More than 1300 pieces of equipment “lost” from Charleston VA medical center

(WCBD) — More than $1.5M worth of equipment has been reported lost, or stolen from the Ralph H. Johnson VA Medical Center over the last five years, according to the VA’s ‘report of survey’.

The I-Team obtained the report through a Freedom of Information Act request. It shows, the VA lost track of more than 1,300 pieces of equipment during that time. Equipment that you paid for with your tax dollars.

This is not an issue specific to Charleston, in fact, journalists within the Nexstar Media group are finding similar, or worse numbers at VA facilities in other parts of the country.

“The large dollar value items, the items that can’t move…they’re the ones that really raise the red flag,” said Ralph H. Johnson VA Medical Center Assistant Director Felissa Koernig,

Some of those items include a pair of servers bought for nearly $50,000, and another $28,000 computer system.

Koernig says, the numbers could be deceiving.

“While it is dollar-wise a large amount, we believe that most of it is due to administrative error, that is what our Report of Survey team has come back and said that many of these things were turned into logistics without the proper paperwork or were discarded by the using service for being broken without the paperwork ever making it back to logistics services,” Koernig said.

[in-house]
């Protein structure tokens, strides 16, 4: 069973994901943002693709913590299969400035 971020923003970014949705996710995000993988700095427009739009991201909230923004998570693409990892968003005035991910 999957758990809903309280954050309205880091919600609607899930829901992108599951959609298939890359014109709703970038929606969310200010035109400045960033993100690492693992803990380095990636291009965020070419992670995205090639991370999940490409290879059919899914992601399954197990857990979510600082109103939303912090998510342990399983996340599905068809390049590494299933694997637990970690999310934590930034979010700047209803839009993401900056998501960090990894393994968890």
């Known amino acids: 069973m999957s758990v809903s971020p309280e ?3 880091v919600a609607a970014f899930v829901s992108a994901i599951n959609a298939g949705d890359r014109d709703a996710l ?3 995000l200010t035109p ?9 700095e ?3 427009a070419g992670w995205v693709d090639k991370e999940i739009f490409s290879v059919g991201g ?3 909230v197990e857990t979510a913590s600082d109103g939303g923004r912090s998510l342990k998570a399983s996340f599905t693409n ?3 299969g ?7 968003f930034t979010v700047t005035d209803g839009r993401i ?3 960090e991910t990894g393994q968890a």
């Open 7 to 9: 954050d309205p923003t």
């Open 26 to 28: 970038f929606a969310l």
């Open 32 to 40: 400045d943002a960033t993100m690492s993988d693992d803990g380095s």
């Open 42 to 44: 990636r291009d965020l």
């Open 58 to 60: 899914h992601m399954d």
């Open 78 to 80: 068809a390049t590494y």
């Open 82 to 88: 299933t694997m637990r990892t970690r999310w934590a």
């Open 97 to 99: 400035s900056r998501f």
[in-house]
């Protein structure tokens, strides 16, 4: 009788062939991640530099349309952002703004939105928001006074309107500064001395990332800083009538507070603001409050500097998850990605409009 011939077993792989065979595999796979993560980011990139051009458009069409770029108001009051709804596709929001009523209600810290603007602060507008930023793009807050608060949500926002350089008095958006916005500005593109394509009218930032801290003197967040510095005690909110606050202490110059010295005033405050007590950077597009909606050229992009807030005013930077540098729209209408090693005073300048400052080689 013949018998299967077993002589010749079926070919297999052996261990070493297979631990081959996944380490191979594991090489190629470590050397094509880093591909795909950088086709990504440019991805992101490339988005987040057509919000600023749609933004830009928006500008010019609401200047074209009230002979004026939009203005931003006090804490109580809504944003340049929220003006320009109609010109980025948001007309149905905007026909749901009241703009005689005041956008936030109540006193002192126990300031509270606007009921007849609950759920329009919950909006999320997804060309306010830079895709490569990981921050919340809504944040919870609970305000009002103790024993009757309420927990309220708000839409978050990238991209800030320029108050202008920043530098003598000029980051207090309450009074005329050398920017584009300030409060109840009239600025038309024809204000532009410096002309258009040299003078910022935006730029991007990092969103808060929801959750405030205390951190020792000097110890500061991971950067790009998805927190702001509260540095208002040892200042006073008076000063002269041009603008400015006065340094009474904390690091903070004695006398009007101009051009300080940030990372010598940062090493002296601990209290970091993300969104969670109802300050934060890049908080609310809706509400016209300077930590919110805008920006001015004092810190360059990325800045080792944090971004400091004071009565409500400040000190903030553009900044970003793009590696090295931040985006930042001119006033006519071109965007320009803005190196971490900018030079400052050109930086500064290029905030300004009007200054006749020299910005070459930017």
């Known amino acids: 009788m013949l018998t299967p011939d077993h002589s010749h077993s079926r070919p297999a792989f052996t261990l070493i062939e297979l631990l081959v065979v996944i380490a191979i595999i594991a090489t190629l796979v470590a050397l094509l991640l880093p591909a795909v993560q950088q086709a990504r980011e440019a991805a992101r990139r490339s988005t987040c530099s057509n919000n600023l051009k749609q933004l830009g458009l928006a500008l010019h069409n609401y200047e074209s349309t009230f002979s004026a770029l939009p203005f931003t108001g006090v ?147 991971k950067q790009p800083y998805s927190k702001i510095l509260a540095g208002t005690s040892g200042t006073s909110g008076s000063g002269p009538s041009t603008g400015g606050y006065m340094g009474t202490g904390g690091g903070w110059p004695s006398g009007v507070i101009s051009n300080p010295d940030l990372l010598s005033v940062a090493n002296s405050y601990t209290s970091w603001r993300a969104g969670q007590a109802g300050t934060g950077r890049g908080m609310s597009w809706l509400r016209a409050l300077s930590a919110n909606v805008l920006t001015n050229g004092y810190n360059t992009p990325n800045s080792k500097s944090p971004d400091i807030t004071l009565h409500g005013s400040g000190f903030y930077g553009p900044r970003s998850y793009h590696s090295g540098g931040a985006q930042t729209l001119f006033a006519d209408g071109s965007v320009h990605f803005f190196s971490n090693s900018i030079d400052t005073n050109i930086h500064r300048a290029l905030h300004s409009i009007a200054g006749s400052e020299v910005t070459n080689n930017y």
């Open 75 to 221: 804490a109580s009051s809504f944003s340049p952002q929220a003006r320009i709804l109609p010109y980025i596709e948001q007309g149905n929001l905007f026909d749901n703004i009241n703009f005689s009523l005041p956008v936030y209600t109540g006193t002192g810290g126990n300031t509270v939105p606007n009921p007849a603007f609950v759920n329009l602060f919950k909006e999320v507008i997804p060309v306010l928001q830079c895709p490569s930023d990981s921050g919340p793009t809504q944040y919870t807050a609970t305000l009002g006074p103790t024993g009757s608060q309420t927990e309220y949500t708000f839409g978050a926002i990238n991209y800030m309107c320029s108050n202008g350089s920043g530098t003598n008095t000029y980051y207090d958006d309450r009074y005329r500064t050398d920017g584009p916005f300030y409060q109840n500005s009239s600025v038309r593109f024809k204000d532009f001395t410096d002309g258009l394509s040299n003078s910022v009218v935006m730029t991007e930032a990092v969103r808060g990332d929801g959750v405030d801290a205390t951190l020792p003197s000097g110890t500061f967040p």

After talking with Koernig, the I-Team requested additional documentation, and it shows that the vast majority of the items listed as lost were either found, or depreciated drastically when they broke, or the VA lost track of them. So, instead of the ‘lost’ items being worth more than $1.5M, the government values that equipment at a little more than $283,000.

Our investigation also revealed the VA reported 13 HDTV sets, and 23 iPads as stolen from their facility. Those cases have been turned over to the inspector general’s office.

Koernig says, the VA has a pilot program in place at one facility using GPS chips to keep track of equipment. She said, she hopes it will be implemented system-wide soon.

 

 

 

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